Neuroscience is helping us to understand the biological basis of human morality
At a very general level, morality concerns the nature of good and bad and the nature of right and wrong.
What kind of actions are right, and what are wrong? What kind of life is a good life, and what kind is a bad life? What makes a good person good? If we had true answers to these questions, we would have a pretty good understanding of morality.
Unfortunately, we often disagree with one another about what actions are right or wrong, and what kinds of lives are good or bad. We also often disagree about whether morality itself is absolute, universal and unchanging, or whether morality changes depending on what is socially acceptable.
The ancient Greeks might have seen slavery as morally acceptable. Many modern people strongly disagree. Is this disagreement about morality itself, or was morality simply different for the ancient Greeks? Is it possible for societies to make moral progress or not?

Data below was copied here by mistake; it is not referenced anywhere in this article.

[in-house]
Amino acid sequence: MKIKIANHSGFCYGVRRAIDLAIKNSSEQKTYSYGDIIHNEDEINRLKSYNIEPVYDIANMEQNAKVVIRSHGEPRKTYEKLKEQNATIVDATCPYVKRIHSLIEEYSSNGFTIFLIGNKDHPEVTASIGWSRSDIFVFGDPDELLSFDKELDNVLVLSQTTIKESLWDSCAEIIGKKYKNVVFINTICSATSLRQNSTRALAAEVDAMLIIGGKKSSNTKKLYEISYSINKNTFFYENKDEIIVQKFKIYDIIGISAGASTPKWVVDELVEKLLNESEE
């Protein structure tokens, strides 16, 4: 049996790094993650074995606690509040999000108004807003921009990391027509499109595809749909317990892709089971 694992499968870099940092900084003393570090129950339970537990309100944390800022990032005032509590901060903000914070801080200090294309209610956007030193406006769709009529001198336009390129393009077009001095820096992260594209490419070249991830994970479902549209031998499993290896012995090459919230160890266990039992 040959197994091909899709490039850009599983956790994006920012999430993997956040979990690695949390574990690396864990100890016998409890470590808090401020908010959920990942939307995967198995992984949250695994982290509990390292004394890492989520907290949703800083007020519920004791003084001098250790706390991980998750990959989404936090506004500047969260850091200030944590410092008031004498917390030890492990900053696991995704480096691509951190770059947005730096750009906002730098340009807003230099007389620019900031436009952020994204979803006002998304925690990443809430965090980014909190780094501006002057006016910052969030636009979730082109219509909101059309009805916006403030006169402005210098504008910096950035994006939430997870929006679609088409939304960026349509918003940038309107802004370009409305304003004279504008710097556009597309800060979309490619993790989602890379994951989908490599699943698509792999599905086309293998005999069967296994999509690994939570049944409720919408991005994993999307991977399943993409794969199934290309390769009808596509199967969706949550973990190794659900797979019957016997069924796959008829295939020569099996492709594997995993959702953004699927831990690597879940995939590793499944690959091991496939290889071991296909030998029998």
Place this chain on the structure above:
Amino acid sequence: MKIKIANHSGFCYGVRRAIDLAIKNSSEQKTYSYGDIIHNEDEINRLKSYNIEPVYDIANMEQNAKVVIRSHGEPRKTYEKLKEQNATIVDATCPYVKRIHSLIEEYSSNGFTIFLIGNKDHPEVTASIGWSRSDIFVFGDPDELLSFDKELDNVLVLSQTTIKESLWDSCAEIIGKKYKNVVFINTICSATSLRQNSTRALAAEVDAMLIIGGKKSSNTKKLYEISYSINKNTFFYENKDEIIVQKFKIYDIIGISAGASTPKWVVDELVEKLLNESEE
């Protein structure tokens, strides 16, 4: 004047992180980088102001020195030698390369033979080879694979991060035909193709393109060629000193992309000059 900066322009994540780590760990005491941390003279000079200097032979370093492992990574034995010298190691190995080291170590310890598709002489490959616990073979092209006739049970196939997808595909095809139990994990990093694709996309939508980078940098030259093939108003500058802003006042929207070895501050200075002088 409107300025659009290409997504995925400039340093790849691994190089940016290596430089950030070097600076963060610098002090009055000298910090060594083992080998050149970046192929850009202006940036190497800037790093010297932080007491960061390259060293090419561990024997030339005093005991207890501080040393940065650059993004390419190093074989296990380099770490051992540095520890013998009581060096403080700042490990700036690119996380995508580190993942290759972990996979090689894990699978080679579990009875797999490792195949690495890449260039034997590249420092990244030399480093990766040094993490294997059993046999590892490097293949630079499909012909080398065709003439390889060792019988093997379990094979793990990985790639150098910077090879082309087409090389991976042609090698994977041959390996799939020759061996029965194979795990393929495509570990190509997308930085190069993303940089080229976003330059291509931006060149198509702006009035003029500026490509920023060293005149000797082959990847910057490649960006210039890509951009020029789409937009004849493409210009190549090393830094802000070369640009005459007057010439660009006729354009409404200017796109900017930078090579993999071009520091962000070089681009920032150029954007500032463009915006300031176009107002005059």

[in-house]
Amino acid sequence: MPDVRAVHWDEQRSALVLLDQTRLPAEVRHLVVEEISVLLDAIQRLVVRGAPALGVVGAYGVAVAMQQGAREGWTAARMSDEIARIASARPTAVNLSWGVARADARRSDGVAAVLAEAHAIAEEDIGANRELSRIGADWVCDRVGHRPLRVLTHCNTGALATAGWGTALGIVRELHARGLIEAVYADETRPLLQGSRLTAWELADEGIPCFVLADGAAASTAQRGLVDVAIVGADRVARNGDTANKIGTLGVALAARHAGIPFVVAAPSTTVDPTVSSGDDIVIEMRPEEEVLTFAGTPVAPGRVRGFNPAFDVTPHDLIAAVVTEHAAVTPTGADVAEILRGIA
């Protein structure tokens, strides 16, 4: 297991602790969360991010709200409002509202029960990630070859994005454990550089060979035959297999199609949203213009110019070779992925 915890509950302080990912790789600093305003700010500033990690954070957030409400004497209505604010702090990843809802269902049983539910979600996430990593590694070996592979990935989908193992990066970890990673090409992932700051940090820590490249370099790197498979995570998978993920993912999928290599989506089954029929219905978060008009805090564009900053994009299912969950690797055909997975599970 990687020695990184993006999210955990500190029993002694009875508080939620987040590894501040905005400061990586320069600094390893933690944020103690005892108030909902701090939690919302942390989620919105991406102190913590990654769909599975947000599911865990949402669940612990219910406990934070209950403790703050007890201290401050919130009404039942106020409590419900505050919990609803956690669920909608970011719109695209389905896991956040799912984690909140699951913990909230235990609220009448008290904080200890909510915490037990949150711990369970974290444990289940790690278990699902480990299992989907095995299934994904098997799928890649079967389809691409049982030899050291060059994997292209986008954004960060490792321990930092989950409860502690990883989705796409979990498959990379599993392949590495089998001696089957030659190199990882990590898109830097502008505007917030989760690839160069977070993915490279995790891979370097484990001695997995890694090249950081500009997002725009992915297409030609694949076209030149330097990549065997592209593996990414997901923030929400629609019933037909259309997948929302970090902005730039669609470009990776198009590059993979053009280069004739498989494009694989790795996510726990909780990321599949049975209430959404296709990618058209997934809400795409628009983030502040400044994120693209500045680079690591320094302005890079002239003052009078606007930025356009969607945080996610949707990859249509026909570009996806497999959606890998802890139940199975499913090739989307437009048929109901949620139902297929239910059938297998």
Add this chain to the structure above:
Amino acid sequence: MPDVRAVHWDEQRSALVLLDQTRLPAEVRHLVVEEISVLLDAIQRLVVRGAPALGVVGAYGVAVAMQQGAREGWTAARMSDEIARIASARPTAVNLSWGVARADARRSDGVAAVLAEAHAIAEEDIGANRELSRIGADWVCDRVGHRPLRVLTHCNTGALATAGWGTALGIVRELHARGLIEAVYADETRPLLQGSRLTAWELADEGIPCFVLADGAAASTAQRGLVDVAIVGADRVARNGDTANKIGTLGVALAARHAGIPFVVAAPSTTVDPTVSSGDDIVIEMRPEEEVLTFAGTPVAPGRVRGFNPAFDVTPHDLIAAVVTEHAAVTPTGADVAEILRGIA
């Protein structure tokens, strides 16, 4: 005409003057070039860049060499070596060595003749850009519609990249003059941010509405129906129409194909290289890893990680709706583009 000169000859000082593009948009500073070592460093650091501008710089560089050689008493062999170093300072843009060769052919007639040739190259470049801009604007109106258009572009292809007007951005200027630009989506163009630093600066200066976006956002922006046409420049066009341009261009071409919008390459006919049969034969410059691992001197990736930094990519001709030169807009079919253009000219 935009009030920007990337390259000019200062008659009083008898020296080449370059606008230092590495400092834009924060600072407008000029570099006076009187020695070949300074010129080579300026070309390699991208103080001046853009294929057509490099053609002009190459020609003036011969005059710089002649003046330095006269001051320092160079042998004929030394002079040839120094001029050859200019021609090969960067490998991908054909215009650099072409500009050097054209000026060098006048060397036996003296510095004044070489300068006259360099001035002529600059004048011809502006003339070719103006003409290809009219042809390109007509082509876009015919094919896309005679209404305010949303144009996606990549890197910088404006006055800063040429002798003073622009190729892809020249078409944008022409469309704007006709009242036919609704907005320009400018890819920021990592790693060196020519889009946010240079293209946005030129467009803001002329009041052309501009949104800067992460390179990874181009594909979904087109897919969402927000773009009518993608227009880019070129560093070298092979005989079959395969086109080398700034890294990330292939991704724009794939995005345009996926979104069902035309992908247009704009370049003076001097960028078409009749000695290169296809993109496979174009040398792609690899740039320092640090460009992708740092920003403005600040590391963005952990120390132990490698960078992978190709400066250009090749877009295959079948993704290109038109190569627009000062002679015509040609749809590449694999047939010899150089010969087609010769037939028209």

One way to try to understand the nature of moral disagreement is to study moral judgement – the mental processes that lead to our decisions about what is right or wrong and about what is good or bad. Although making a moral judgement is often an easy thing to do, understanding what happens in the brain during moral judgement is very difficult.
It is possible that a better understanding of the neural and psychological basis of moral judgement will help us to understand better the nature of morality: for example, whether it is universal and absolute, whether it is tied to what is socially acceptable, and why our moral judgements often generate disagreement.
Recently cognitive scientists have begun studying moral judgement in earnest, and the results are very interesting. For example, we know that our moral judgements differ according to our sex, religion and culture. They also change with age. Very young children can’t tell right from wrong. Toddlers base their morality around themselves. With age, morality shifts towards peer-group values, and eventually moves towards consideration of the wider social group.
These results pose difficult questions for philosophers and theologians. Why do we make the moral judgements we do? And should we believe that our moral judgements track the truth about morality? Do our brains come with some sense of morality already built in, or is morality something we have to learn? These questions are the subject of much debate between philosophers, theologians and cognitive scientists.Lead image:
Thomas Hawk/Flickr CC BY NC